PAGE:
California whiptails
Lean and fast, whiptails are hard to catch and harder still to photograph! They are quite common in many places in the state, but these are my best efforts to date. There are only two species of whiptail in California: the one shown here is the widespread Tiger (or Western) Whiptail Cnemidophorus tigris. Three subspecies are recognized in California: California Whiptail C. t. mundus in the coastal ranges and Central Valley south to about Los Angeles Co. (above; a photo from Monterey Co.); Great Basin Whiptail C. t. tigris of the high and low deserts (left; a photo from Inyo Co.); and Coastal Whiptail C. t. stejnegeri of the coastal range south of Los Angeles Co. Both the lizards shown here have nice tiger-bars on the sides, turning to spots up on the neck. The races differ in the intensity of back striping. Although subject to individual variation, the Great Basin Whiptail is well-striped while the coastal range whiptails (both the Coastal and the California whiptails) have the back stripes obscured by brown.

Tiger Whiptails are active lizards of arid habitats and deserts, running quickly from bush to bush. They tolerate heat rather well but seem to mostly sit in what little shade they can find. Whiptails are ground feeders. They seem to spend a lot of time searching for food, often digging in the sand or earth, or poking their heads into crevices. This is quite different from the "wait-and-then-run-and-catch" method of hunting by most other desert lizards. Whiptails belong to the family Teiidae; all the other conspicuous diurnal desert lizards are in other families. The whiptail's ability to search for food by digging and probing helps to explain its success; it does not compete directly with the iguanids and other diurnal lizards (Sanborn 1994). They are generalists in feeding, eating insects, grubs, termites, scorpions, centipedes, and other small animals, including small lizards, some which are apparently detected by odor and dug out of the ground (Stebbins 2003).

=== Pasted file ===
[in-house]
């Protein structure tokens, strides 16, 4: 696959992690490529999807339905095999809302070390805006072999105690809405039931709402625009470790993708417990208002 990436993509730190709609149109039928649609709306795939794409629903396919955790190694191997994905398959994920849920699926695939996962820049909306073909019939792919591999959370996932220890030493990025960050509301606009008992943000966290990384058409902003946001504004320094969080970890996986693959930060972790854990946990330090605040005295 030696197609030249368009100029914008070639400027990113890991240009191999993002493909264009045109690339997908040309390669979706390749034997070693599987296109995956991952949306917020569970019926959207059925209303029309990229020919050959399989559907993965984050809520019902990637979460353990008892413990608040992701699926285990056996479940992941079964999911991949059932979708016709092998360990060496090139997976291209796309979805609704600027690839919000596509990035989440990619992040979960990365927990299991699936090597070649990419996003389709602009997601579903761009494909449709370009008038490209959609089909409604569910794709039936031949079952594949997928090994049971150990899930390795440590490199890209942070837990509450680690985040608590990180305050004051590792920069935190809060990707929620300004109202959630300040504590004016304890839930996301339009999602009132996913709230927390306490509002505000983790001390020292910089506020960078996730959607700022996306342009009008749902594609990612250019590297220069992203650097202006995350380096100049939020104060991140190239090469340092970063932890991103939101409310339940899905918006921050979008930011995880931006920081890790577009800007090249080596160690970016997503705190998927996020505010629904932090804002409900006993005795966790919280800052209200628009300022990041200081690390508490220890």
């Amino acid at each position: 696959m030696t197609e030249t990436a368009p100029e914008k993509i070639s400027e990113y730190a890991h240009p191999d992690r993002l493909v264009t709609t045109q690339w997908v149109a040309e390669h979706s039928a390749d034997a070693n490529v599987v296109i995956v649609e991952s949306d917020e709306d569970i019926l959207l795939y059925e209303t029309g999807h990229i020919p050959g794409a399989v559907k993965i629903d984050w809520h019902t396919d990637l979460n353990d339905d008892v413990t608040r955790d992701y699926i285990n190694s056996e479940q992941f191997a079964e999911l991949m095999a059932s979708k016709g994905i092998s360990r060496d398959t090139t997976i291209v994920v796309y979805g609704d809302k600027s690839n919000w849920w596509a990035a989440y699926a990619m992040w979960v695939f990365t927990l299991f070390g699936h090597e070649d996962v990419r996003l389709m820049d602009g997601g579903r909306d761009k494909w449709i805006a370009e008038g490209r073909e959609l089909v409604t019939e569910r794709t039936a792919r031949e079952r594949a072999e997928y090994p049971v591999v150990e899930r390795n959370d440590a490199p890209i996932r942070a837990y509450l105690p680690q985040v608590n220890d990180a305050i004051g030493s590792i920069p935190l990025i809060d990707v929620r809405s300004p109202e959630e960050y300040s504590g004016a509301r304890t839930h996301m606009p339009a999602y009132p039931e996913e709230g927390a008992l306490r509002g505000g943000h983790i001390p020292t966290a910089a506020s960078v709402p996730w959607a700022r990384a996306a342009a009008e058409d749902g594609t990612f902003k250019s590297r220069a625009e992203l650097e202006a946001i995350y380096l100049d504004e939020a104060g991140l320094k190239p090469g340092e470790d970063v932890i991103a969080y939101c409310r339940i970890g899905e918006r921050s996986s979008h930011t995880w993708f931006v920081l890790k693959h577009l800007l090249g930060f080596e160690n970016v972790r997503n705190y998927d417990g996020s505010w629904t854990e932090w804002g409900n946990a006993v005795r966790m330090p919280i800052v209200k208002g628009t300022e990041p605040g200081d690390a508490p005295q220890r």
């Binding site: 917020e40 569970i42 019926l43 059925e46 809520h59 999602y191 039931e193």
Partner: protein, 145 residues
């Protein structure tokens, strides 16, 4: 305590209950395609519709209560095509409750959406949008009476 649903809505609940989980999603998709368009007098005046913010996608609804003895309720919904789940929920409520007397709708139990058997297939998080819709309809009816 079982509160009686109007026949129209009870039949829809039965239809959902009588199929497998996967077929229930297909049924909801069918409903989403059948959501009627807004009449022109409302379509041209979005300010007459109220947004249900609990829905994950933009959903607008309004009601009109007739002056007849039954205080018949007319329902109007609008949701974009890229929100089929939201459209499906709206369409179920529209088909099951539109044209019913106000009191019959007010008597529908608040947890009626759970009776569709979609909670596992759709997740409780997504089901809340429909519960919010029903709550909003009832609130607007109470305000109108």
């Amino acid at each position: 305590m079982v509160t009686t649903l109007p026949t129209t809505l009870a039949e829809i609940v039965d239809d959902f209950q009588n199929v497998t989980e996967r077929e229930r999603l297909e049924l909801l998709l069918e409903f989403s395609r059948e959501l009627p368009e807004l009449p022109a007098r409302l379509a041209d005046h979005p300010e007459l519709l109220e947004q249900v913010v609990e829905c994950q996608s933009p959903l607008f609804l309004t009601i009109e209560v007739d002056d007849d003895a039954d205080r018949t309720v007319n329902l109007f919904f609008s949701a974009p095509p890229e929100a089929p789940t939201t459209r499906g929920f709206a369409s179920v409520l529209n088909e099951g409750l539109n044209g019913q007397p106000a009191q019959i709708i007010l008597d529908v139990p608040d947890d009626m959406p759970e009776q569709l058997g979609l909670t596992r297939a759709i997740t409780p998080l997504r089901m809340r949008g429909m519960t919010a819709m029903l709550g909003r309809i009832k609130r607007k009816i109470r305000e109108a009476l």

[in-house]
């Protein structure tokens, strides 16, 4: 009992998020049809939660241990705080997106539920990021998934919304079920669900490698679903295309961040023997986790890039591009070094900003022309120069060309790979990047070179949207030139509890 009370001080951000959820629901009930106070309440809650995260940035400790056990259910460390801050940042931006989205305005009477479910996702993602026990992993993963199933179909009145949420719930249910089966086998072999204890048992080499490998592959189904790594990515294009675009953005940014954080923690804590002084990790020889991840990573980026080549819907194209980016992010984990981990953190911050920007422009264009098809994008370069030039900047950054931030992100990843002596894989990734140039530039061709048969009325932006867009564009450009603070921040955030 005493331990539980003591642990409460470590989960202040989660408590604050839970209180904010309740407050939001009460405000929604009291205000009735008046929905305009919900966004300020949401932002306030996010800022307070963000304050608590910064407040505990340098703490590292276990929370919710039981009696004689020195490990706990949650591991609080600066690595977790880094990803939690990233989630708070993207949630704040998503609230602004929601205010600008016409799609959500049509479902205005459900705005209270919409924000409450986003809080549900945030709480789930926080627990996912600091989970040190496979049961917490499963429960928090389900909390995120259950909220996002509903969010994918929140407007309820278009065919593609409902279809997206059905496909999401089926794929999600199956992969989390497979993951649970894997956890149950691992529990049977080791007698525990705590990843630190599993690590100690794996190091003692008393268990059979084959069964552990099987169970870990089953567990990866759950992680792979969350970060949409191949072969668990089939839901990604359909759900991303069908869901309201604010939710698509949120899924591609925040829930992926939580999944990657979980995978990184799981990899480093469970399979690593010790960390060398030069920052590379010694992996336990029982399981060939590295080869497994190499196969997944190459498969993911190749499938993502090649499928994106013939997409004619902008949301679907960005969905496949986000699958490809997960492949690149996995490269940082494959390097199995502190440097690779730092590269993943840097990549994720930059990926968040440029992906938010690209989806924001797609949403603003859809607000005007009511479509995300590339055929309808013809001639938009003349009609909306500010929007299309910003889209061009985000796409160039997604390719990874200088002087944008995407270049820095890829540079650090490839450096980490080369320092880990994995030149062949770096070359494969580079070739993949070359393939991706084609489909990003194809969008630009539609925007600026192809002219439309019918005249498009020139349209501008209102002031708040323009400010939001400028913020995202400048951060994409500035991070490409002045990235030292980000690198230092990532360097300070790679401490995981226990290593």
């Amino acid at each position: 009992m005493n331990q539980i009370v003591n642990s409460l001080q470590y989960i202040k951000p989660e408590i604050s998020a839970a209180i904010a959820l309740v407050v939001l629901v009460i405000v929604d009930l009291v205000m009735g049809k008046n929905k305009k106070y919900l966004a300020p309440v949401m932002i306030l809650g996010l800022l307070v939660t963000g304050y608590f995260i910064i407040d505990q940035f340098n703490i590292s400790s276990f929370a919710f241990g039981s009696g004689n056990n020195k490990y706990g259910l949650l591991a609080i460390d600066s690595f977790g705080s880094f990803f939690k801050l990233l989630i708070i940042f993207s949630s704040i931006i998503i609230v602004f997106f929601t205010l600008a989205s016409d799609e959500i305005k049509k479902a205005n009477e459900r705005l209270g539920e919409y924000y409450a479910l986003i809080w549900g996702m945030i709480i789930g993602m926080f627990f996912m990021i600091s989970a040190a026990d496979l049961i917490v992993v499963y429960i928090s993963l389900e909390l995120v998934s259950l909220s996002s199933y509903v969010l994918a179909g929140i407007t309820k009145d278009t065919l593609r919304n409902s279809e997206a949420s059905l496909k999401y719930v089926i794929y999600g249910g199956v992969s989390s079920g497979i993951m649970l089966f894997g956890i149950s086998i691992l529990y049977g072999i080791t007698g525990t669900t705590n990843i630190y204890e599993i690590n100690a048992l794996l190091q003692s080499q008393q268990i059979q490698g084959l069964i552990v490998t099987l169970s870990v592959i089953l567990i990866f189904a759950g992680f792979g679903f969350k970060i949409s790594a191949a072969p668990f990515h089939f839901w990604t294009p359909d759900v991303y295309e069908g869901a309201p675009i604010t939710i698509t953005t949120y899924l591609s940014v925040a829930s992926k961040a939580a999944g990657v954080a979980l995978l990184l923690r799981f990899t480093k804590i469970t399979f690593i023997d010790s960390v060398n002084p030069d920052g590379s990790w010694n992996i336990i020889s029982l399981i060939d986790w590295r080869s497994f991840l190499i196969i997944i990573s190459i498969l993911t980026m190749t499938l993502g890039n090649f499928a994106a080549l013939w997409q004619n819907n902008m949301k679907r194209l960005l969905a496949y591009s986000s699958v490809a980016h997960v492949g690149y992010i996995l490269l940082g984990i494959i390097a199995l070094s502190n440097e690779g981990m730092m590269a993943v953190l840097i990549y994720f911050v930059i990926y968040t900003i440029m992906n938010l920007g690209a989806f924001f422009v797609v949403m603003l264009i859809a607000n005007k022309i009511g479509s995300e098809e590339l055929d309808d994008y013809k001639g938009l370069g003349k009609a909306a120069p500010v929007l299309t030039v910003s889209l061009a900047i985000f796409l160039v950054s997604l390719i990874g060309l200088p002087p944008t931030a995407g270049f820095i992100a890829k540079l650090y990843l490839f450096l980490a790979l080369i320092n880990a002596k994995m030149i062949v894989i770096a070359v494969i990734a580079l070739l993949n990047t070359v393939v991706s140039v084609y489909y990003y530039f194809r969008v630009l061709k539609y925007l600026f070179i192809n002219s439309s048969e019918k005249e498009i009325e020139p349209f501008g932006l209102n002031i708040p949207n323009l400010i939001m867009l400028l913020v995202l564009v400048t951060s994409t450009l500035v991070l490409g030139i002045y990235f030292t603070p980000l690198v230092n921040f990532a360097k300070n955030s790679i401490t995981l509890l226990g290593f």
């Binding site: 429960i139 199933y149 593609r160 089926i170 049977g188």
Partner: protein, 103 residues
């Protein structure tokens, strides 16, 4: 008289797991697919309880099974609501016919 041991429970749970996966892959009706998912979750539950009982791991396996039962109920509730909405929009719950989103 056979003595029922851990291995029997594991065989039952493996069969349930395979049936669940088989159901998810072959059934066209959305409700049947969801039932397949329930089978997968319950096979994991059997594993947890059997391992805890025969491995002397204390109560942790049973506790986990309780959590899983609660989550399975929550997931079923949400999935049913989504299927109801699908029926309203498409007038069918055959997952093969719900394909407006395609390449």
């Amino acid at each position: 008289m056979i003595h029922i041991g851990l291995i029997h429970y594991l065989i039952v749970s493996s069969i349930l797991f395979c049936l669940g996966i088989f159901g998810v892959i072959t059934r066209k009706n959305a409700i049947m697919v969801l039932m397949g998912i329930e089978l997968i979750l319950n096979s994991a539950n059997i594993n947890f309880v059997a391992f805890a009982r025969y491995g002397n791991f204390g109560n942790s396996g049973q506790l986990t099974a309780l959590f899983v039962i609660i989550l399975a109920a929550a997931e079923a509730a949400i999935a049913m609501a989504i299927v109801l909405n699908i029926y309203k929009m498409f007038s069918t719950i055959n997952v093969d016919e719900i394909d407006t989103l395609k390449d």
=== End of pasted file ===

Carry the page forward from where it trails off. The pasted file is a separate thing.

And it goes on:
The other California whiptail is the endangered Orange-throated Whiptail C. hyperythrus of montane chaparral in the southern California coastal range. I have yet to find that one.

There are 13 other species of whiptail in the three states of the southwestern United States (Arizona, Utah, New Mexico). So one interested in teiid lizards need only venture a short distance beyond California for many other varieties. One of those: Sonoran Spotted Whiptail C. sonorae (below). It is just one of several closely related species in southeast Arizona and adjacent New Mexico and old Mexico that exist as all-female populations. They lay viable but unfertilized eggs that hatch as clones of the mother. This is called reproduction by parthenogenesis. In some places there is overlap and hybridization with Tiger Whiptail C. tigris. There are geographic populations that are presumably descendants of a single individual.

There are many on-line resources for lizards. My favorites are:

A very fine resource for southern California is Sherburn Sanborn's (1994) Lizard-Watching Guide.

Literature cited:

Crother, B.I., chair. 2001. Scientific and standard English names of amphibians and reptiles of North America north of Mexico, with comments regarding confidence in our understanding. Committee of Standard English and Scientific Names, Society for the Study of Amphibians and Reptiles, Herpetological Circular 29 (as supplemented in Herp. Review 32: 152-153).

Sanborn, S.R. 1994. The Lizard-Watching Guide. Loraine Press, Salt Lake City, UT.

Stebbins, R.C. 1966. A Field Guide to Western Reptiles and Amphibians. Houghton Mifflin, Boston.

Stebbins, R.C. 1985. A Field Guide to Western Reptiles and Amphibians. 2d ed. Houghton Mifflin, Boston.

Stebbins, R.C. 2003. A Field Guide to Western Reptiles and Amphibians. 3d ed. Houghton Mifflin, Boston.

PHOTOS: All photos © 2003 Don Roberson, all rights reserved. These are the specifics: TOP




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